A witty and playful dimension is present in Marijan Vejvoda’s surrealistic construct that shows Duchamp—Magritte traits. A combination of ready-made tools for time-consumption is “hooked” to a showel — the symbol of work. This reinterpretation of simple, everyday gadgets is a frequent strategy in technology-based art — an example that instantly comes to mind is the fortune-telling table by Crispin Jones (An Invisible Force) shown at Ars Electronica 2002.

The Device_art exhibition includes a number of robotic works, some of which are interactive. Sašo Sedlaček created a complex biotopic system simulation, a partly autonomous system reacts to digital stimuli by moving its robotic legs, and prompts the visitor to participate in the feeding process. Branko Zupan’s robots are very simple beings whose only function is to move around in space they detect through sensors. Just as Sedlaček’s system resembles a chameleon, every robot by Zupan resembles some animal (spider, frog). Even these likable little robots make one contemplate the purpose and need for constructing a robot. The same question is posed by slightly more sophisticated robots by Paul Granjon or Jim Whitings — the question of man’s “Pygmalion” need to breathe life into dead matter. In Zupan’s case, “life” is limited to the simplest functions, like perception (sensors) and movement (mechanics, el. current).

All the mentioned works could be filed under “constructive devices”, which sets them apart from the powerful destructive strain among robotic artists. The trend that has reached its peak with robot fights becoming a regular TV show [http://www.robotwars.co.uk/], has it’s most prominent figure in Mark Pauline and his group Survival Research Labs, whose machine fights are terminated by actual destruction. Robot fights have found their Croatian exponent in Vedran Relja, the organiser of the Zaprešić robot fights, which have gained local cult status. Automation of painting, i.e. the drawing robot has always interested artists. After The automatic artist by Jean Tinguely — the first of its kind — a number of “robot artists” have been constructed, the most complex example being Fish and Chips by the Australian biotechnological art group Tissue Art & Culture Project which links a robotic hand with fish neurones. Our exhibition shows two such devices: Raymond — the designer robot by Lina Kovačević which produces drawings on screen and on paper, and a machine that draws com-positions based on circular forms, constructed by the best known inventor on the Zagreb art-scene — Dubravko Kuhta-Tesla.

Audio works form a separate category at the Device_art exhibition. Berislav Šimičić created a witty audio device in which a microphone is used to produce sound. Ivan Marušić Klif presented an audio-visual performance that incorporated various audio and video devices. Apart from the construction of new instruments and audio events, the method frequently employed by technologicaly-based artists is the customisation of existing instruments. Device_art shows three such works: Borut Savski’s custom-made phonograph, Tomać Pipp’s gas-fuelled organ that produces both sound and fire, and a device by Tomislav Brajnović which is also constructed around a type of organ — the harmonium.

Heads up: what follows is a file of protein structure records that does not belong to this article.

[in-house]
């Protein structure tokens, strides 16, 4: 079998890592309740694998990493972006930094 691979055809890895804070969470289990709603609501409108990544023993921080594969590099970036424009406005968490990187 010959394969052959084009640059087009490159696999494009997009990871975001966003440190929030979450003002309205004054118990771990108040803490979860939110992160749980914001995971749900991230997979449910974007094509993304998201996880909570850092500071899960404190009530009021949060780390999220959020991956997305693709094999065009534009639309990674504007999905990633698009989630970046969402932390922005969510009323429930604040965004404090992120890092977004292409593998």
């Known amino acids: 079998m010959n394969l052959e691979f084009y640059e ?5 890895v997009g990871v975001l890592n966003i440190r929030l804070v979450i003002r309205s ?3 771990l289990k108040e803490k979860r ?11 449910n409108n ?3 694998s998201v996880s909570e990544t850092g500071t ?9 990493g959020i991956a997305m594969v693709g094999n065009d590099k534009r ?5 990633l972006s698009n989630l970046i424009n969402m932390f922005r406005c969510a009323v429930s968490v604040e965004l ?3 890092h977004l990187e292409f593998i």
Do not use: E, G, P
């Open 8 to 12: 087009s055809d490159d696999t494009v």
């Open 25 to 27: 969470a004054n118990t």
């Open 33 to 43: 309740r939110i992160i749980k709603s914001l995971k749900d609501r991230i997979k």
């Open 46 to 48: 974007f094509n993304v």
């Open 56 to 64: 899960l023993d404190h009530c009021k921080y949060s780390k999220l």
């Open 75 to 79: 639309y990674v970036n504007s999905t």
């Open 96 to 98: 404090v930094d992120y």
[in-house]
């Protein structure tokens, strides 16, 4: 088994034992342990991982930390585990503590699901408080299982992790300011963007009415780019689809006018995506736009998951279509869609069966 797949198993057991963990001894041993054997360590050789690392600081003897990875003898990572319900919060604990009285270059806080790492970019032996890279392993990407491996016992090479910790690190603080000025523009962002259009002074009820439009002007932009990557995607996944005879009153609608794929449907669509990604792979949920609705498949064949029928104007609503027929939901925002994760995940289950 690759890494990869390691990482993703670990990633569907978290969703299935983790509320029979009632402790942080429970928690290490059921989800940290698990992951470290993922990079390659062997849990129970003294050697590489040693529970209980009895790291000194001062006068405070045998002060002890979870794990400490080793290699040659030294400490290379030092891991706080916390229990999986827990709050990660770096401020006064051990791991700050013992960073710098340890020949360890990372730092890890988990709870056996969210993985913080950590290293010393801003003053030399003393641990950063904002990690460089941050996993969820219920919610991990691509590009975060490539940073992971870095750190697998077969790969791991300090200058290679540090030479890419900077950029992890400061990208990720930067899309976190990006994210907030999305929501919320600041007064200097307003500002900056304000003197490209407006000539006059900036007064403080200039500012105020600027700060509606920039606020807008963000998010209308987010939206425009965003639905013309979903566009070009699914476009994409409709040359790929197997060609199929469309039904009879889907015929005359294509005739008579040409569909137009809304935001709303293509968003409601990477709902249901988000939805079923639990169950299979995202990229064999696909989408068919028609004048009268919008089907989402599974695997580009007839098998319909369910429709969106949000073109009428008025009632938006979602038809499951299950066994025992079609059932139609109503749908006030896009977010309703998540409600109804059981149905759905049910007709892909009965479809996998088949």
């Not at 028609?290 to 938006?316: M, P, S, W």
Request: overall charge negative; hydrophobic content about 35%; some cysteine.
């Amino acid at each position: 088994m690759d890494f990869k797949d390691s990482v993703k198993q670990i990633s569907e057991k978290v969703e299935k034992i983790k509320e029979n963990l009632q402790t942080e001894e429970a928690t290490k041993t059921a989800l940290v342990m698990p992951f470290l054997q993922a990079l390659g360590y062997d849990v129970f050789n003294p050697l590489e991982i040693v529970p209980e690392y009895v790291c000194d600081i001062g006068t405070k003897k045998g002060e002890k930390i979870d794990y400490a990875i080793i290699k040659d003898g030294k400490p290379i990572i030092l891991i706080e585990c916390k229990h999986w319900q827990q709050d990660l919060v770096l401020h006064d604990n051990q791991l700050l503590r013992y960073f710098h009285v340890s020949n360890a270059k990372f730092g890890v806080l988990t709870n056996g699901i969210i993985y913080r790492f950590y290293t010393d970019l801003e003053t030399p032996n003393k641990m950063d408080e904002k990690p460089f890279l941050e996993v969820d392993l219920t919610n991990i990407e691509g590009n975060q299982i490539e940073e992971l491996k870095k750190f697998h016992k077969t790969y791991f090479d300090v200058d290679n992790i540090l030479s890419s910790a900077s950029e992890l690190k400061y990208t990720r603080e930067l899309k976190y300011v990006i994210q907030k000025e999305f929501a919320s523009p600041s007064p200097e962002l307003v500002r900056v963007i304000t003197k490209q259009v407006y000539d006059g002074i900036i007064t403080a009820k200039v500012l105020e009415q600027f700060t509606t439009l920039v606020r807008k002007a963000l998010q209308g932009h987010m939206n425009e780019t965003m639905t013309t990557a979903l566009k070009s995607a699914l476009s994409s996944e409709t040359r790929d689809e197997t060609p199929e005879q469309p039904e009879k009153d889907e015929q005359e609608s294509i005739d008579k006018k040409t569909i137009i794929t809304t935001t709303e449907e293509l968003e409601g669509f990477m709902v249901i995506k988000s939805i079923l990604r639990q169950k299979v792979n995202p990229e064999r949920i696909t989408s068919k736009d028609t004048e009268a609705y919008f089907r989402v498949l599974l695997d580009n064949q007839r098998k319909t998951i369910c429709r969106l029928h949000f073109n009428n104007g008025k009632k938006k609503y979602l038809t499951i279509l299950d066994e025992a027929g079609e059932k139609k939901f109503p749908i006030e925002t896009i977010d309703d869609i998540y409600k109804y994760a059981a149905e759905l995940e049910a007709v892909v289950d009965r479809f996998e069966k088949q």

European artists seem to favour the organ as their choice of instrument for customisation — several artists produced a version of the fire organ almost simultaneously. The most famous of these is a work by the Dutch artist Erik Hobijn— his Dante’s organ produces spectacular images and sounds.

The final category shows works incorporating photography and film, like the already mentioned ASCII camera by Vuk Ćosić. Nenad Vukušić-Sebastijan presents an interactive show directed by a “brain” made of programmed technical equipment (cameras and computers). This reinvention of film abolishes the functions of director, screenwriter and actor. The rules for this game (there we go again) were created by some of the worlds’ biggest names in the movie bussines.

Although most of the works at the Device_art exhibition (particularly the works from Croatia) have a witty, poetic or abstract subtext, this doesn’t mean that it is impossible to create socialy important work on this crossroad of art, science and technology. Hopefully, next year’s edition of Device_art will show domestic artists tackling subjects of larger social relevance. And according to the classification in the all-encompasing edition of Information Arts by Stephen Wilson — artificial inteligence, bionics, nanotechnology, biological weapons, artificial life, surveilance, science as information system, invisible corporations, autonomous robots, computer and telephone integration, autonomous flying devices, virtual communities and telecooperation, telepresentability, remote museums, telemedicine, synthetic picture and telecommunication, autonomous software agents, portable computers, smart spaces, houses and highways, generation of synthetic images, automated video interpretation, 3D sound — are just some of these subjects.